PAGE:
The great strength of earth as a building material is no longer its low initial investment requirement, but its flexibility with regard to the conditions necessary for the I creation of production businesses.
2. Compressed Earth Block technology
If we compare the main ways of building from the point of view of the level of investment each requires, it is clear that where investment capacity is weak, masonry building is an appropriate building system, given that as with the production of earth building materials -it does not necessarily require high initial investment. It was therefore logical for first steps in modernizing building with earth to focus on the production of small masonry elements.
Research and development with this in mind began in the 50s. Most typical of this approach remains the work of the Raoul Ramirez, an engineer, and his team; in the context of a rural housing improvement programme in Columbia, he moved from traditional techniques for moulded unbaked earth blocks (adobe) to a new technique for the producing blocks by compression. The resulting material had regular dimensions, a very pleasing appearance and a higher density. The goal had been achieved with reduced investment, enabling nevertheless greater processing of the product, the end-product had a better finish, was capable of being integrated into more highly organized building production and distribution chains, and was better suited to satisfying the aspirations of rapidly evolving societies than traditional materials.
The technique spread and was called by various names depending on local contexts, before now coming to be known as the "compressed earth block", often abbreviated to CEB.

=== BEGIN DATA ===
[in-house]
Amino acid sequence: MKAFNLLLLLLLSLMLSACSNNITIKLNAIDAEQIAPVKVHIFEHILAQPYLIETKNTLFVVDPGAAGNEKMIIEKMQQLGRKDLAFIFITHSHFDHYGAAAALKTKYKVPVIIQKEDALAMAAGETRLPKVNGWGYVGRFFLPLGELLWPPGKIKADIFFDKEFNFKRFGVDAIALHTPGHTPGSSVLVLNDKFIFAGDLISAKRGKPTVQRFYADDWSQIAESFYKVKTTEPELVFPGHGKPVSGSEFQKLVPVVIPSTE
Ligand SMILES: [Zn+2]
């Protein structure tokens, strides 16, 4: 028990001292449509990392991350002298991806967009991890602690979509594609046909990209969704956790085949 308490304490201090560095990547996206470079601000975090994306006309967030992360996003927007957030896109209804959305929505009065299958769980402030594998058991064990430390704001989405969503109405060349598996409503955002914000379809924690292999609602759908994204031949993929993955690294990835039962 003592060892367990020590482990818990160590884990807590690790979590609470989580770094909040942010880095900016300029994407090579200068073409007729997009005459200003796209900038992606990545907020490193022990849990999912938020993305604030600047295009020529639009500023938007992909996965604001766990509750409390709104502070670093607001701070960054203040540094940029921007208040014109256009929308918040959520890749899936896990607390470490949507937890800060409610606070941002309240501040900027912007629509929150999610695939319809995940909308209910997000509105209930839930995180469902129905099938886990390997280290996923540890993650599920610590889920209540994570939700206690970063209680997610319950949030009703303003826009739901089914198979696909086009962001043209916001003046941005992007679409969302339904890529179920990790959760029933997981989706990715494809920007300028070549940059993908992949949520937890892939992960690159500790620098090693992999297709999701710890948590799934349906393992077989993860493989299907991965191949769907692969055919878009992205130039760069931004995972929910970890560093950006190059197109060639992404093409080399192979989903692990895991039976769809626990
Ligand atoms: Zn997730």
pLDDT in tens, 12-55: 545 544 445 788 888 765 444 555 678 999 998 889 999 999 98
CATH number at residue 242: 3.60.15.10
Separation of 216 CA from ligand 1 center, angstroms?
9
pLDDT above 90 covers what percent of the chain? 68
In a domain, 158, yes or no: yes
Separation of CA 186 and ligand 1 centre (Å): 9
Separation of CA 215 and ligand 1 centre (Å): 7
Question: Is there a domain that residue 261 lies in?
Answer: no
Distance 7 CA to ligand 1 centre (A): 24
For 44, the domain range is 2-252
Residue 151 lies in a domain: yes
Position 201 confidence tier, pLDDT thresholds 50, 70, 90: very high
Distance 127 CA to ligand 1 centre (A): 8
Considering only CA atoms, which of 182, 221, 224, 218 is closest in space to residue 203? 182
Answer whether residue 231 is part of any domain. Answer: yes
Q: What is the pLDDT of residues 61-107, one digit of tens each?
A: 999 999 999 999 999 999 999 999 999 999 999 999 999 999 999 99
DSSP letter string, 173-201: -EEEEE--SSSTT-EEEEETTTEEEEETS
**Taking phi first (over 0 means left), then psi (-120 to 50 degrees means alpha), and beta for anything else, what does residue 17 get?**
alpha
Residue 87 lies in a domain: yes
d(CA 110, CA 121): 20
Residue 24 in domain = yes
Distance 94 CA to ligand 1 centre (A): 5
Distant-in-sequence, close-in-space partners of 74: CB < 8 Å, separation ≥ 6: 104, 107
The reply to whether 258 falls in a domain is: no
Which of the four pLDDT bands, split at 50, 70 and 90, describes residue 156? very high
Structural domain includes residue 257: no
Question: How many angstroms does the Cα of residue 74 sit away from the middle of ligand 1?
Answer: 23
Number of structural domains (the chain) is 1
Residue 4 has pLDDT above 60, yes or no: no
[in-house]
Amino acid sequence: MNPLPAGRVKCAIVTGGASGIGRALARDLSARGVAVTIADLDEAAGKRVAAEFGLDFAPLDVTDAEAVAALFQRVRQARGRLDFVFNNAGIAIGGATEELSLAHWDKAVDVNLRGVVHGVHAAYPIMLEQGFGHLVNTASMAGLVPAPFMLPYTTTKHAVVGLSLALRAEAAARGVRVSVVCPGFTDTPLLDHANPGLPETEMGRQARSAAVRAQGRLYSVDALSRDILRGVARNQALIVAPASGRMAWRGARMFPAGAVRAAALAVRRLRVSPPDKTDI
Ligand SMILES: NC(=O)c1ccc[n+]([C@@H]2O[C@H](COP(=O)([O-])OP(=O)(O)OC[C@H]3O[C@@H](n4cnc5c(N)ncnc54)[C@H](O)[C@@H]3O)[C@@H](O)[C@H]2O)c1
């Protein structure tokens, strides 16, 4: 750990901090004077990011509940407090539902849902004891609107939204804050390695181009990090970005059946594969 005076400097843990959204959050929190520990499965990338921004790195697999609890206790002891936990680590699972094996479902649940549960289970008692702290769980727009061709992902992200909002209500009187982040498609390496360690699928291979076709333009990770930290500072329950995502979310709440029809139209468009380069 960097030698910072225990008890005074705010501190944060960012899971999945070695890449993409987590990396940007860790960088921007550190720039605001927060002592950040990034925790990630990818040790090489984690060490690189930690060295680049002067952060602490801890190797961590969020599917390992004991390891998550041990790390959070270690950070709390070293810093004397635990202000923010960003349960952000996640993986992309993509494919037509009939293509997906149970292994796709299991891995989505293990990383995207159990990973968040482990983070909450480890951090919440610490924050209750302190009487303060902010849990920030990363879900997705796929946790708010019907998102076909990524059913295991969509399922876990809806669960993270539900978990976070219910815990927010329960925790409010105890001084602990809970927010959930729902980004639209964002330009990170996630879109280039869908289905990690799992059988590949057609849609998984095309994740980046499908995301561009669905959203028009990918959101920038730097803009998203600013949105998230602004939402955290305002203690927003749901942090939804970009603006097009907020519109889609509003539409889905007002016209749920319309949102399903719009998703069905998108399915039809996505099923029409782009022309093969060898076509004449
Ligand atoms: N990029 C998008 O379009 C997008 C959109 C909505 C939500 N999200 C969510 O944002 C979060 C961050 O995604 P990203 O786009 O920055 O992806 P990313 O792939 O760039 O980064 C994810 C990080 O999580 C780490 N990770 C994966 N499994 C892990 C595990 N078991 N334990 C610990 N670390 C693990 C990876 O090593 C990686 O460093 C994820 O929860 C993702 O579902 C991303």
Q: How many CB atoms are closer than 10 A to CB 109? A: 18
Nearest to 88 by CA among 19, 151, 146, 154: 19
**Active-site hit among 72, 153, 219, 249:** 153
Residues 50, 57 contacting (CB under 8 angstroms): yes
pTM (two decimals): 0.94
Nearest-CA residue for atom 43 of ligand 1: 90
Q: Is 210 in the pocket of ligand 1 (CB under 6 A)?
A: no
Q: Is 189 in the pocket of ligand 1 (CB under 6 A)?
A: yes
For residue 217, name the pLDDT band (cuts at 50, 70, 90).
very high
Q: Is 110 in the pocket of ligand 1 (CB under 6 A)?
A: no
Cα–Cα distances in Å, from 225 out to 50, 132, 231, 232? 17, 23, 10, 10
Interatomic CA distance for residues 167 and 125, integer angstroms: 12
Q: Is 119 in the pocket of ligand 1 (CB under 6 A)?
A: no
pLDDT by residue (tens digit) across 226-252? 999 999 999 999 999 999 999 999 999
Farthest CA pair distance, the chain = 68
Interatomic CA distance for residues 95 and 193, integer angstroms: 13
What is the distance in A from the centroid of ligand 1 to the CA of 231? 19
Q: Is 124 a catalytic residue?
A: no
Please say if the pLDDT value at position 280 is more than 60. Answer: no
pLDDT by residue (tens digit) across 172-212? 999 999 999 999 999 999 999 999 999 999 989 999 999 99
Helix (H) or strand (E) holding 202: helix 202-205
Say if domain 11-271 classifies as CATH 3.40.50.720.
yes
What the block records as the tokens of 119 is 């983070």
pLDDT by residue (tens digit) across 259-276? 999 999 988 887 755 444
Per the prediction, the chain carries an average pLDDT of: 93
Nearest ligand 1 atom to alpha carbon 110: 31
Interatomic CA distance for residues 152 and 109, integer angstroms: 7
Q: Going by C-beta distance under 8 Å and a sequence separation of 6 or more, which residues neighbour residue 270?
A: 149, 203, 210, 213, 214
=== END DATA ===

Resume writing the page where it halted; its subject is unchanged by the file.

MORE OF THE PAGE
The use of a press, the famous Cinva Ram, was the first investment introduced for this bringing up-to-date of traditional techniques. Although simple, and very reasonable in cost, it was still something new for skilled workers used to working with a very few simple tools.
The second investment was in technical skills. The ultimate quality of the material depends not only on the use of a press, but also on other parameters, including soil selection, water content etc. Reliable data had therefore to be established for these parameters. The CEB technique became rapidly associated with stabilization, which consists in mixing an additive to the raw material in order to improve the characteristics of the end-product or to enhance particular characteristics. This has in fact sometimes led to certain confusion of terms, and CEBs have sometimes mistakenly been referred to as SEBs, or Stabilized Earth Blocks.
3. From craft workshop to industrial production
The first pioneers of CEB technology sought first to ensure its adoption in the informal sector and in rural contexts. Technical solutions put forward therefore required only very low investment. But actual experience shows inescapably that in the informal sector, investment, however low, is an abstract notion, with the result that even when craftsmen take the initiative to acquire a press, all too often the investment in technical skills required (training, respecting basic quality parametres etc.) is neglected. The production of CEBs in the informal sector still goes on, however, but the price paid is the often debatable quality of the materials produced. Moreover, the volumes produced in this sector are quite inadequate to meet the needs of organized distribution chains.
The future of CEBs therefore lies in areas where progressive investment, in both equipment and technical skill, is possible, i.e. in businesses within the modern economic sector, and more specifically in small and medium-sized private enterprises. Flexibility and the capacity to adapt to different contexts indeed characterize this technology the greater the size of the enterprise, the more this capacity to adapt will diminish and the more the CEB will lose its advantages over other materials. This quality of flexibility again favours private enterprise, rather than public companies or cooperatives, where management structures are often inflexible.